Over 1,200 of the people who left their homes in Europe and the United States to become fighters for ISIS have returned to Europe, according to an Associated Press review.
“Many have been jailed but others – absorbed into the underbelly of some of the continent’s biggest cities – have thrived with impunity,” warns the AP. That would include all five of the Frenchmen involved in the Paris terror attacks.
“The Belgian believed to have masterminded the Paris attacks bragged about his ability to return home from Syria, saying an ID check by police raised no flags,” notes the report. “Two of the Frenchman responsible for the rock concert bloodbath had apparently done the same back and forth unnoticed, despite having files linking them to terrorism and Islamic radicalism.”
Perhaps most disturbingly, the pace of departures continued unabated after the Charlie Hebdo massacre at the beginning of 2015, despite copious promises of a crackdown. France is described as Europe’s leading exporter of jihadis, while Belgium sends the highest number per capita. Departures from France surged after reports of the Assad regime employing chemical weapons in Syria in 2013, and never went down.
Another unsettling detail is that the official total of trained jihad fighters returning to France is much lower than the Associated Press tally. The French government says the number is only 250, but the AP stands by their estimate of over 1,200. One clear sign the number is much higher than officials are willing to admit is that the French justice system is overwhelmed with jihadis; some of those arrested upon returning from Iraq and Syria in 2013 still haven’t gone on trial.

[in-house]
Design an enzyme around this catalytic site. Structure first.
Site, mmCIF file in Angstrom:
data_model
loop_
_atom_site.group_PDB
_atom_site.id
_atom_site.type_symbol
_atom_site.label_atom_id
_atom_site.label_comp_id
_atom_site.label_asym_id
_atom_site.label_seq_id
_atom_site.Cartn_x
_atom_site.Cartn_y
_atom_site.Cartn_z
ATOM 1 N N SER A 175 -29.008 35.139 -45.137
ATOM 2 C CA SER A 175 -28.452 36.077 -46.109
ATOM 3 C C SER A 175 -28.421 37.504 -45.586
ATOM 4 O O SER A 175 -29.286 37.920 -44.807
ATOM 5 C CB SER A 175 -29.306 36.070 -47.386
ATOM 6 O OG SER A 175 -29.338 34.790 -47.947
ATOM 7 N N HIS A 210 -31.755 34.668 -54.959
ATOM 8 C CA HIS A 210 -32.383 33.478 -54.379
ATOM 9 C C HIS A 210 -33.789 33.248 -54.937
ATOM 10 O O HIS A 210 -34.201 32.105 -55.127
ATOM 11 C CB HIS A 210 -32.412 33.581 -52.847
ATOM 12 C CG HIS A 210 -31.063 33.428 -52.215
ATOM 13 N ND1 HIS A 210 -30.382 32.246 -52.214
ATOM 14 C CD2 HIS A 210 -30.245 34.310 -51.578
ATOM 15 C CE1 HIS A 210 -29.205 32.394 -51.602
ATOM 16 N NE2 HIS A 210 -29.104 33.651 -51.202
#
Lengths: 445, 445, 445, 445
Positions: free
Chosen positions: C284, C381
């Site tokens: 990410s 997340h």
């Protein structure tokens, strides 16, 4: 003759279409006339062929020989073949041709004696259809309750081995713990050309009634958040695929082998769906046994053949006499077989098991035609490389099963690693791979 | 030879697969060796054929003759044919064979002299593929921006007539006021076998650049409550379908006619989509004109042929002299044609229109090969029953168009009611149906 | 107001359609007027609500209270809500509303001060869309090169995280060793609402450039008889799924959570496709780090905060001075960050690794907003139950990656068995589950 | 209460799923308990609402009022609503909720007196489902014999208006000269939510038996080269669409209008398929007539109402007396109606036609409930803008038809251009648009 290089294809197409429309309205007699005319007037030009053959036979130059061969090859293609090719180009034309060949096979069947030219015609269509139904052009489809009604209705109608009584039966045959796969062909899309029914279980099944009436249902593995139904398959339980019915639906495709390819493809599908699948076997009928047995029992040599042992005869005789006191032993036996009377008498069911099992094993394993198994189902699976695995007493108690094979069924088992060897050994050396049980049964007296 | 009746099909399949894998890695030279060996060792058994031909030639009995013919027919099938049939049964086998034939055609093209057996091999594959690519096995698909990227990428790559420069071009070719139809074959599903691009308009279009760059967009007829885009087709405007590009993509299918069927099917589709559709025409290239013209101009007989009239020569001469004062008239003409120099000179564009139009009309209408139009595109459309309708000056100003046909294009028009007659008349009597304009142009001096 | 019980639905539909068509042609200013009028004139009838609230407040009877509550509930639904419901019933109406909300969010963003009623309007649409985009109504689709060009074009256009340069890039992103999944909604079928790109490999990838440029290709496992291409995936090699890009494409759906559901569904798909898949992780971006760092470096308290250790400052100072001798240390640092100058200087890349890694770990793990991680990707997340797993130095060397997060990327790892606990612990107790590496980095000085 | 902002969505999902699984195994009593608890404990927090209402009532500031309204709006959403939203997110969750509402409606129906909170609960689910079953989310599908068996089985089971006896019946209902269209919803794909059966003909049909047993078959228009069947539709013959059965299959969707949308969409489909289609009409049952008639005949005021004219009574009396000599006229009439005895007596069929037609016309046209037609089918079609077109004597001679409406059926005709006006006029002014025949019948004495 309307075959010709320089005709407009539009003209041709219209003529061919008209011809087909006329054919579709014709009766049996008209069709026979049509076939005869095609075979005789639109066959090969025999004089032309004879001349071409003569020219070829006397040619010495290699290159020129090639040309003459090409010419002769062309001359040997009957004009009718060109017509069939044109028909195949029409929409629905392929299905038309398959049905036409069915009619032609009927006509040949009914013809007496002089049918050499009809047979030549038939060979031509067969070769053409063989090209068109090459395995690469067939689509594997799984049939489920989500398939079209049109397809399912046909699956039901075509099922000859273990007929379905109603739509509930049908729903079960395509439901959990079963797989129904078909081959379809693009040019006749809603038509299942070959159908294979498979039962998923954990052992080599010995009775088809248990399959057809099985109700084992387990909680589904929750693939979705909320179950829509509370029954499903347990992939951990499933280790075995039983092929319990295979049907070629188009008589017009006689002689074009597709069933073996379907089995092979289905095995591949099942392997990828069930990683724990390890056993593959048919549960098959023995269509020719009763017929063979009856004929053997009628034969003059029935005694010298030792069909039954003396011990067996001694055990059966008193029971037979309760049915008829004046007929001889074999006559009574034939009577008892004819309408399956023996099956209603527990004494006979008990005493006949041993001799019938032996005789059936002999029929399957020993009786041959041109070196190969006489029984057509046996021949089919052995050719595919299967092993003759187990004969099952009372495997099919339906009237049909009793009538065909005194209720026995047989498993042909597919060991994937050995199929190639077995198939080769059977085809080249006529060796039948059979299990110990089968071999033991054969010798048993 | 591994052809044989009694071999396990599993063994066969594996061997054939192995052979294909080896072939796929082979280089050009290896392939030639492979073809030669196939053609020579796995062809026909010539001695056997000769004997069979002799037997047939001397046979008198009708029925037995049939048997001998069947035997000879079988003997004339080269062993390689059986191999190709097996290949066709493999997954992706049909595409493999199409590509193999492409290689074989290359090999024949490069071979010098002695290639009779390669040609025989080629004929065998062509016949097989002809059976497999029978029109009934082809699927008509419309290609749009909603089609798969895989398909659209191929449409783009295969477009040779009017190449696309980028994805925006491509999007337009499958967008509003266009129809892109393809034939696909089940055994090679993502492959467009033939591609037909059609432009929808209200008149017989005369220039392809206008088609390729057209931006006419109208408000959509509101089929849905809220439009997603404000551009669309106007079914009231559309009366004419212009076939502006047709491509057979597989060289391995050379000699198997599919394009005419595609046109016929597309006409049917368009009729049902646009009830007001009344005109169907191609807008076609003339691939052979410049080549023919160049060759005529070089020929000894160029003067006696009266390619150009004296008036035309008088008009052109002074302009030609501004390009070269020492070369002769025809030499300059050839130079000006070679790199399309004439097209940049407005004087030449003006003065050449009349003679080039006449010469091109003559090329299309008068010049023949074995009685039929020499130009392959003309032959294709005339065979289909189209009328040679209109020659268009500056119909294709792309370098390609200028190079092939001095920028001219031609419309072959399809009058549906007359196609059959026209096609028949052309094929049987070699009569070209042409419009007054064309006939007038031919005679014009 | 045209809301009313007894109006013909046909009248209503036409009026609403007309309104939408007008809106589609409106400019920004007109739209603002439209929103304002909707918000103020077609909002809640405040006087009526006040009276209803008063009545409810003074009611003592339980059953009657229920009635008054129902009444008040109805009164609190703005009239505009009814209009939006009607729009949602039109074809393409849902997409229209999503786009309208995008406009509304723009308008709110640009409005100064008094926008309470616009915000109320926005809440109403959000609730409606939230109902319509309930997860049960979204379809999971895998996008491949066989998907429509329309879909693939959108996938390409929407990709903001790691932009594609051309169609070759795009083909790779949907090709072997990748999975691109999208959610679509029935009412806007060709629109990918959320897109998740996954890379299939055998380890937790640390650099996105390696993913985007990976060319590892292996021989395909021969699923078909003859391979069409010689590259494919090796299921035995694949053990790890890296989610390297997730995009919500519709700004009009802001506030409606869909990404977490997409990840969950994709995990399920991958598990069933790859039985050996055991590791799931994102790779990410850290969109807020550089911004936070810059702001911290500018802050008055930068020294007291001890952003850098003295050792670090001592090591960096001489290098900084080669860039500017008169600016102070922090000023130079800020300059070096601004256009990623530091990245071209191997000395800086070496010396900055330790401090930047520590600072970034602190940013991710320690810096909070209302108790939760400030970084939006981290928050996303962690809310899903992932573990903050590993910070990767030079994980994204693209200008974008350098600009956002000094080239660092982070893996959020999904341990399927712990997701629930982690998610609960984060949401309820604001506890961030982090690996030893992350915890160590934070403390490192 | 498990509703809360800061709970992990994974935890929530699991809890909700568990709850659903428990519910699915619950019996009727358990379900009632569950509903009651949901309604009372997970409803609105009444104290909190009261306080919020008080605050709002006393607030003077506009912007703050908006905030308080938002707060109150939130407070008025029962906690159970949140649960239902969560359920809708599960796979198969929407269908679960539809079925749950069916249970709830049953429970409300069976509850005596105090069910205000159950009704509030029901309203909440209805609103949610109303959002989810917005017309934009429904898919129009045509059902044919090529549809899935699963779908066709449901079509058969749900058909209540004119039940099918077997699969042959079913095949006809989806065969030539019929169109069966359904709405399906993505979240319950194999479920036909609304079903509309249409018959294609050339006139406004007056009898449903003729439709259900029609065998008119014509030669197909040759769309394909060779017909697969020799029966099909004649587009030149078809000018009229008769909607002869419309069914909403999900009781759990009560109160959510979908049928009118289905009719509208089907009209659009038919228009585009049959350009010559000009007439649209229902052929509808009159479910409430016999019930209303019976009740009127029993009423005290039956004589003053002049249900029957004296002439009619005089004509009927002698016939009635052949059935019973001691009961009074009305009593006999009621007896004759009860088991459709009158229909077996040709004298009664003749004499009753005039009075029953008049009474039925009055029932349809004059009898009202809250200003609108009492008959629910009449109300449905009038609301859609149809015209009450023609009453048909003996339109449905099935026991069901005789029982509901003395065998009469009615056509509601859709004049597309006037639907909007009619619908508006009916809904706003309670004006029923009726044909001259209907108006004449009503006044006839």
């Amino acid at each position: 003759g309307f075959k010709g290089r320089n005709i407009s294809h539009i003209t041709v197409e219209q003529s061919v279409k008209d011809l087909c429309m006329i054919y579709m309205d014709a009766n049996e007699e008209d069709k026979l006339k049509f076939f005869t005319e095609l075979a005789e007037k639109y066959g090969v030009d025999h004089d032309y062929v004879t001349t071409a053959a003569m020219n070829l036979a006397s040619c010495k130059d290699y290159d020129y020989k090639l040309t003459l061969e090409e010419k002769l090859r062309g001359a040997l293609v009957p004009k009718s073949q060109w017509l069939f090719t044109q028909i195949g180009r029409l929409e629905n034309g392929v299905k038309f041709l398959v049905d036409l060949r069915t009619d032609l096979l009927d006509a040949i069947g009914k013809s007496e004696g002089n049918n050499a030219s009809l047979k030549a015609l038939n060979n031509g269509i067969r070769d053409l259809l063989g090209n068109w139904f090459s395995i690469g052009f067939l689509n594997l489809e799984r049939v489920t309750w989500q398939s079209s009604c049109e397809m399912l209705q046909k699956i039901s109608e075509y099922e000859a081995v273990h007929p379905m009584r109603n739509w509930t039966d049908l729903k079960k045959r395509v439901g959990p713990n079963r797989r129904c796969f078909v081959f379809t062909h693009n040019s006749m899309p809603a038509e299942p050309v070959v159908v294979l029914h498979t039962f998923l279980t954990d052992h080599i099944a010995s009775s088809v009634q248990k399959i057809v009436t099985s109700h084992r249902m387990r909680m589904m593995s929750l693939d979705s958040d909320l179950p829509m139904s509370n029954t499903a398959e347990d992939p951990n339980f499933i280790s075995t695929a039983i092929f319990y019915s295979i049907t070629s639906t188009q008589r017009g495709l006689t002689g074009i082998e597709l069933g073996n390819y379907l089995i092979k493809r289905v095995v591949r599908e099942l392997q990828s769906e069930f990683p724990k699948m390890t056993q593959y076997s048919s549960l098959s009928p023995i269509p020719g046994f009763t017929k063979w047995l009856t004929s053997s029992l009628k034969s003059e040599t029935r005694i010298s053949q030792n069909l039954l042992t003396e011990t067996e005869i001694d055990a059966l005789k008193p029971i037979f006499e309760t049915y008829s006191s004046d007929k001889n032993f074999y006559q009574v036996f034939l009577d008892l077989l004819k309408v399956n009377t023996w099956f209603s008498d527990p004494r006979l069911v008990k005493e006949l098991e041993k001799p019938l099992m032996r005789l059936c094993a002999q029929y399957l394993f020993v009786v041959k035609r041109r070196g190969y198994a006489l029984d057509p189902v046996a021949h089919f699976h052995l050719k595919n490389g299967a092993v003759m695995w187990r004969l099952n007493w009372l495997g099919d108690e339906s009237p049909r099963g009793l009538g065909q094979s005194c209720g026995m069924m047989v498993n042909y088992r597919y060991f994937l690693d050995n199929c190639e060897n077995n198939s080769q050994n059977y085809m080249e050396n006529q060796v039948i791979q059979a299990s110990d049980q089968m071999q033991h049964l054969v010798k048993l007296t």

Terrorism experts say that jihadis returning from the bloody borders of the Islamic State with military training are far more dangerous than home-grown extremists, but of course the seasoned fighters will likely pass on their knowledge to eager young apprentices and, as the Paris massacre demonstrated, it does not take a great deal of martial skill to mow down unarmed civilians in a concert hall, or methodically execute people in wheelchairs.
The returning-jihadi problem is hardly limited to France and Belgium. In March, the UK Telegraph reported that the number of “battle-hardened and vengeful” fighters returning to Britain was much higher than the authorities expected, with at least 700 Britons considered “dangerous” by the police setting out to fight for the Islamic State, and nearly half of them returning. Some two dozen of them had already become embroiled in terrorist plots that were thwarted by security services.
Australia saw an estimated 120 of its citizens leave to fight for ISIS, but The Australian reckoned they were more fortunate than Britain, because a higher percentage of Australian recruits appear to have been killed in battle overseas, or cannot escape from the Islamic State. In fact, the majority of the 30 Australians who have returned home from fighting in Syria are thought to have served with rebel groups that were not aligned with either ISIS or al-Qaeda.
One returnee who did serve the Islamic State, “ISIS Nurse” Adam Brookman, is currently standing trial in Australia after surrendering himself to Turkish authorities.
One important consideration in the disposition of returning ISIS fighters will be the importance of dissuading fresh recruits from getting involved with the terror state. It almost beggars the imagination that people who turned coat against their own nation, swore fealty to a hostile power, and served in a military noted for constant crimes against humanity would be able to return home, and in many cases, evade all consequences for their treason. Unfortunately, such tales are likely to inflame the imaginations of impressionable young recruits.